THE DAMAGE MANUAL: 1

BIG-NAME SUPER COLLIDER FROM TURN OF THE CENTURY

When A Perfect Circle did When the Levee Breaks for their eMOTIVe album, they pulled off a smart reworking that stripped it of Zep’s defining feature – Bonham’s heavy authority – and completely rewired it. Instead of thunder, we got rain. Gentle, hypnotic, tinkling rain. It’s a classy, masterful take.

Damage Manual offer no such subtlety on SUNSET GUN, the opening shot from their 2000 EP, 1. The Levee lift is huge.

Which would rightly be condemned as a lack of imagination IF the band didn’t already have 20-plus years of experience, weren’t among the most influential musicians of the post-punk generation, and didn’t convert it into a super-amped contemporary crossover. But they do, they are and they did. A jittery cut-up intro unleashes a Headley Grange-sized beat while a swirling riff channels the Four Symbols Page drone.

Who’s behind this collision of tech-ness and beast rock?

Geordie Walker, Martin Atkins, Jah Wobble, Chris Connelly.

Killing Joke, Public Image Limited, Revolting Cocks.

Damage Manual.

Credentials or what?

The Damage Manual: 1

After that killer start, DAMAGE ADDICT pulls a big-time Wobble with some enormo-dub space bass that bottles the PiL spirit but, crucially, is less cold, less austere. Instead, it carries a real sampler’s vibe. Smell the RevCo.

And with those two tracks, you’re set for the rest of the EP. It does sound like component parts pulled together, but the result is far more organic and flowing than factory line assembly. It zips with fresh edge, psyche trips and beat-heavy production. Whether it was the vigour of the mid/late 90s crossover scenes that re-energised these 40-ish year-olds, I don’t know, but Damage Manual sounds free and vital. Definitely got a kick.

SCISSOR QUICKSTEP discharges mechanised punk over playful bass, while BLAME AND DEMAND is another bass and drum monster where Geordie’s guitar burns hard through early PiL-style rhythms. Possibly the EP’s defining track.

Wrapping up the session before a couple of remixes is LEAVE THE GROUND, an end-of-gig trashing where Connelly’s up-front falsetto falters like gutter Bowie while industrialised rhythms beat the melody down. “More human contact will just make you ill…” is Connelly’s fading refrain. Oddly apt for our COVID-19 days, two decades later. And Geordie is more unleashed here than you’ve ever heard him.

Anyway, that’s it: 1 by Damage Manual. All songs are credited equally to all four players. Sunset, Damage and Blame distil the PiL/RevCo/KJ spirits most obviously, while the other two – remixes excepted – bring the quirk and the range. But what really grabs when you listen to it again is the force of Geordie Walker’s guitar tone. He’s always been His Own Voice, but with Killing Joke on a continuing cycle of top grade albums, it’s easy to forget just how distinctive he is. Seeing KJ live is one way to keep your complacency in check. Hearing him somewhere else – like this – is another.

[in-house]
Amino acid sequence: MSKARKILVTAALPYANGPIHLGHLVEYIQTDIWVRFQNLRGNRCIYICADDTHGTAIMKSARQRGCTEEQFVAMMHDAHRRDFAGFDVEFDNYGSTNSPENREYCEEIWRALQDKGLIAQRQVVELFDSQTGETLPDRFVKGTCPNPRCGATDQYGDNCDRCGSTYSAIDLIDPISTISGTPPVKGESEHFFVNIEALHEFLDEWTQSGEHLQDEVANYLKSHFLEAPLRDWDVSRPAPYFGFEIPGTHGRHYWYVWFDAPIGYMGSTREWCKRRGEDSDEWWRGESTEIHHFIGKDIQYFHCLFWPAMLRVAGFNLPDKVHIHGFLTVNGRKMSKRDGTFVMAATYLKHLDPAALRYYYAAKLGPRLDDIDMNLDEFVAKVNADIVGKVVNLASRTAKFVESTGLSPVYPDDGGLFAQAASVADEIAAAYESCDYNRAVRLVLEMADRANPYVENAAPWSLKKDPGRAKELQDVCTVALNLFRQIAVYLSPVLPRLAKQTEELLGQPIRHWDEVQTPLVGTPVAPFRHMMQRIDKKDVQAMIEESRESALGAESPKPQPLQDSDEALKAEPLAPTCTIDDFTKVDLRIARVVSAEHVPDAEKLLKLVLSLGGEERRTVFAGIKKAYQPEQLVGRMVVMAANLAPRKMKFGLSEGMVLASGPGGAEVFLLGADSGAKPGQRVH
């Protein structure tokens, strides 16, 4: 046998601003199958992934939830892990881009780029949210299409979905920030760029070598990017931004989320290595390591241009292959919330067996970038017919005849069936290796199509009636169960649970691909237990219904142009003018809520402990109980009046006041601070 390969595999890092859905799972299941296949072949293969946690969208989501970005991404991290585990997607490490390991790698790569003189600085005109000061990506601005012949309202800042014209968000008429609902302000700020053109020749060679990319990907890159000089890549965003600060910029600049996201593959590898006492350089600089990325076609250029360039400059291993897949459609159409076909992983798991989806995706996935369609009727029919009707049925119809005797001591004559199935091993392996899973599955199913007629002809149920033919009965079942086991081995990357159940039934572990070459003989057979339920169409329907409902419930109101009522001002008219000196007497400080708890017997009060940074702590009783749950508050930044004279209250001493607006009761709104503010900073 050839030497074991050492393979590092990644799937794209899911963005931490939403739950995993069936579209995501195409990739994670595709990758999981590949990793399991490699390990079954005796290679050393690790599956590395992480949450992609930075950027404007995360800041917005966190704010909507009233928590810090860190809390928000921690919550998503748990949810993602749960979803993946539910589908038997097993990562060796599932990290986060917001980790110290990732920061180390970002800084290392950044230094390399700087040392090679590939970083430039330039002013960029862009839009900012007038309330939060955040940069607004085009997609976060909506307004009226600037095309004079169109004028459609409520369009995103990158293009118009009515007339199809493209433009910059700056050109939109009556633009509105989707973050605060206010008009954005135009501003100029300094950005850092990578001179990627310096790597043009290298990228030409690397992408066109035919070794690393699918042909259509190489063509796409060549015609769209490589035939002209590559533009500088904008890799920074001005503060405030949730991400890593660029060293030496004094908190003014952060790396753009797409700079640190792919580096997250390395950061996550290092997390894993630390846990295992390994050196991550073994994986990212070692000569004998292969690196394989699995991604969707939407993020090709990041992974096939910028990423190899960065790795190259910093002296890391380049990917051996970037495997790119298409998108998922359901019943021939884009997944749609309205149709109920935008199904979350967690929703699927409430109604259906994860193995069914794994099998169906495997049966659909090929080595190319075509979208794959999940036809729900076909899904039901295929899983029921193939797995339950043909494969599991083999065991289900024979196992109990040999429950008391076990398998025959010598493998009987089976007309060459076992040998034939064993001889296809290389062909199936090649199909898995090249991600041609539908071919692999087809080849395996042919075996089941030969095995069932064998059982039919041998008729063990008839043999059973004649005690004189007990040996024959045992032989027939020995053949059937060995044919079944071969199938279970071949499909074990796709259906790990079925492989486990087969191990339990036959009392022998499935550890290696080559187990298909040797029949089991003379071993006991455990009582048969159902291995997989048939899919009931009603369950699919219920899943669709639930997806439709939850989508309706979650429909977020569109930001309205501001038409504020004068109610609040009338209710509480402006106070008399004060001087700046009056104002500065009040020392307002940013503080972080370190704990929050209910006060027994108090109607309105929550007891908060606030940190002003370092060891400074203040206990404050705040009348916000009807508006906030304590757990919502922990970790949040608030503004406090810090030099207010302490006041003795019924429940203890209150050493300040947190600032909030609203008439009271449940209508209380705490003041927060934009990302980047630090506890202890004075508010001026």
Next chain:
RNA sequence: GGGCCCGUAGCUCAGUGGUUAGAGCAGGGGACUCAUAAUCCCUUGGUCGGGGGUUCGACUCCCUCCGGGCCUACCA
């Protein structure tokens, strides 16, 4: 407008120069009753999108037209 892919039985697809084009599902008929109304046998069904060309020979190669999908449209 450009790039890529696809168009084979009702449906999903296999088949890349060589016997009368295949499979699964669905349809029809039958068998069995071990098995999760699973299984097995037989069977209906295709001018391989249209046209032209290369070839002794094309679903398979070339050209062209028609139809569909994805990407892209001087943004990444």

But I mention Geordie only because his is the parent band I’m most familiar with. Every player here is a full-on personality and you get it all. No-one dominates. No-one sits back. Vital stuff. Prepare to be sucked down a Killing Joke/PiL/Waxtrax sinkhole when you’ve played it.

 

Damage Manual put a self-titled album out the same year which is equally worth checking. The four remixes on the end dull the album’s impact a bit – perils of the CD age, they’d be better off on a separate disc but the core nine tracks are maximum Damage

 

NO JOKE: KILLING = 40

KILLING JOKE ON STAGE IN OXFORD FOR THEIR 40TH ANNIVERSARY TOUR

It’s 16-11-2018 and we’re just dropping in for a minute to acknowledge one of the greats:

Killing Joke, we salute you.

No, forget that – too much like a symbol of establishment-sanctioned respect. Killing Joke, we REVEL with you, gathering in celebratory chaos against the wrongs of the world order.

Irony is, I can’t get to the O2 tonight so no gathering for me, gotta hope they stick it out for a 42nd anniversary tour. Am instead attending vicariously in real time with a shot of Pylon.

Will the gig be as much of a force as their 2015 Oxford showing?

No-one’s going to bet against it. Somebody tell us what’s happening at KJ four-zero!

Soundtrack to these words: CD 2 of Pylon, Apotheosis and Panopticon stoking a supercharged uplift.

Killing Joke - Pylon

KILLING JOKE live

REWIND OCTOBER: Killing Joke@Oxford O2, Oct 30th 2015

A gig-heavy Rewind, this one. Godspeed You! Black Emperor did an artful deconstruction job on everyone at the Warwick Arts Centre the other week, and Liverpool doom trio Coltsblood bulldozed the Wheatsheaf with Undersmile-slow riffs and blastbeat breaks. Godspeed you can read about over here, but Coltsblood? Musically very cool and hefty, but the growlscreamgrowlscream vocal thing … man, it wore me down and brought on a major Doom Burnout. One to come back to another day, methinks.